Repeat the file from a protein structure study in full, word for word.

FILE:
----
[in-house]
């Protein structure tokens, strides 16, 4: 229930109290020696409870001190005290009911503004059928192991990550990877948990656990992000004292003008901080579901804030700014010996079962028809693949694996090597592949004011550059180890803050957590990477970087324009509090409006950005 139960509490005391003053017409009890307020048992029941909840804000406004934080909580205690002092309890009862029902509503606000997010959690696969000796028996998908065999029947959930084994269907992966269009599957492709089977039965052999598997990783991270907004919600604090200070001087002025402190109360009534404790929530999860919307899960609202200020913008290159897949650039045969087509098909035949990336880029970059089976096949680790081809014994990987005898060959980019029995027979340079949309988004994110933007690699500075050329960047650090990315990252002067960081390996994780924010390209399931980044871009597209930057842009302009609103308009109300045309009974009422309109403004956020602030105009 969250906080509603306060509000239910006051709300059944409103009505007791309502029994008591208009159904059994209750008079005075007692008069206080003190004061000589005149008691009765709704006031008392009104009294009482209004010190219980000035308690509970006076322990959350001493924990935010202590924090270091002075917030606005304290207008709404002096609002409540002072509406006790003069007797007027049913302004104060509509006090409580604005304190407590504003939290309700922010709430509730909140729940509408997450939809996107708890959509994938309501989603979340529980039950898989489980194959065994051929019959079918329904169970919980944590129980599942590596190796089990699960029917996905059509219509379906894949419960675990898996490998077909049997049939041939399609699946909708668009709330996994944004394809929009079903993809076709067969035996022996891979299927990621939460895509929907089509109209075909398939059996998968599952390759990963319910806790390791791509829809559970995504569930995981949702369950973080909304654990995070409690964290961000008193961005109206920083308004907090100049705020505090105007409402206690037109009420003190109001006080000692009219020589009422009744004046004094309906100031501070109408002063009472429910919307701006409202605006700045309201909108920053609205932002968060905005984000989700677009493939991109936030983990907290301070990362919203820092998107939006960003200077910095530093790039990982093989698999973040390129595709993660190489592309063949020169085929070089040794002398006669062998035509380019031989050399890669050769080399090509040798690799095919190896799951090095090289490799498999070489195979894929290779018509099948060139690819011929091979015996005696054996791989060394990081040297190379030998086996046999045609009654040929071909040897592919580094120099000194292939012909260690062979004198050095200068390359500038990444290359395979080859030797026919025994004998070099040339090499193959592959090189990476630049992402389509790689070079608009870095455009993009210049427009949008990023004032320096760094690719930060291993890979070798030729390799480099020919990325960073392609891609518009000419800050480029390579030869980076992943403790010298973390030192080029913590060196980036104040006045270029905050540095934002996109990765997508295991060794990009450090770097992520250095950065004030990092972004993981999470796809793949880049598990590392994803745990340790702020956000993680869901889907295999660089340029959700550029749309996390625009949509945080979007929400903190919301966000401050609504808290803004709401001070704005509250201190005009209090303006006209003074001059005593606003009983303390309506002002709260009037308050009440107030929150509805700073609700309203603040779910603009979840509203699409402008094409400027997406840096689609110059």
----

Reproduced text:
[in-house]
């Protein structure tokens, strides 16, 4: 229930109290020696409870001190005290009911503004059928192991990550990877948990656990992000004292003008901080579901804030700014010996079962028809693949694996090597592949004011550059180890803050957590990477970087324009509090409006950005 139960509490005391003053017409009890307020048992029941909840804000406004934080909580205690002092309890009862029902509503606000997010959690696969000796028996998908065999029947959930084994269907992966269009599957492709089977039965052999598997990783991270907004919600604090200070001087002025402190109360009534404790929530999860919307899960609202200020913008290159897949650039045969087509098909035949990336880029970059089976096949680790081809014994990987005898060959980019029995027979340079949309988004994110933007690699500075050329960047650090990315990252002067960081390996994780924010390209399931980044871009597209930057842009302009609103308009109300045309009974009422309109403004956020602030105009 969250906080509603306060509000239910006051709300059944409103009505007791309502029994008591208009159904059994209750008079005075007692008069206080003190004061000589005149008691009765709704006031008392009104009294009482209004010190219980000035308690509970006076322990959350001493924990935010202590924090270091002075917030606005304290207008709404002096609002409540002072509406006790003069007797007027049913302004104060509509006090409580604005304190407590504003939290309700922010709430509730909140729940509408997450939809996107708890959509994938309501989603979340529980039950898989489980194959065994051929019959079918329904169970919980944590129980599942590596190796089990699960029917996905059509219509379906894949419960675990898996490998077909049997049939041939399609699946909708668009709330996994944004394809929009079903993809076709067969035996022996891979299927990621939460895509929907089509109209075909398939059996998968599952390759990963319910806790390791791509829809559970995504569930995981949702369950973080909304654990995070409690964290961000008193961005109206920083308004907090100049705020505090105007409402206690037109009420003190109001006080000692009219020589009422009744004046004094309906100031501070109408002063009472429910919307701006409202605006700045309201909108920053609205932002968060905005984000989700677009493939991109936030983990907290301070990362919203820092998107939006960003200077910095530093790039990982093989698999973040390129595709993660190489592309063949020169085929070089040794002398006669062998035509380019031989050399890669050769080399090509040798690799095919190896799951090095090289490799498999070489195979894929290779018509099948060139690819011929091979015996005696054996791989060394990081040297190379030998086996046999045609009654040929071909040897592919580094120099000194292939012909260690062979004198050095200068390359500038990444290359395979080859030797026919025994004998070099040339090499193959592959090189990476630049992402389509790689070079608009870095455009993009210049427009949008990023004032320096760094690719930060291993890979070798030729390799480099020919990325960073392609891609518009000419800050480029390579030869980076992943403790010298973390030192080029913590060196980036104040006045270029905050540095934002996109990765997508295991060794990009450090770097992520250095950065004030990092972004993981999470796809793949880049598990590392994803745990340790702020956000993680869901889907295999660089340029959700550029749309996390625009949509945080979007929400903190919301966000401050609504808290803004709401001070704005509250201190005009209090303006006209003074001059005593606003009983303390309506002002709260009037308050009440107030929150509805700073609700309203603040779910603009979840509203699409402008094409400027997406840096689609110059």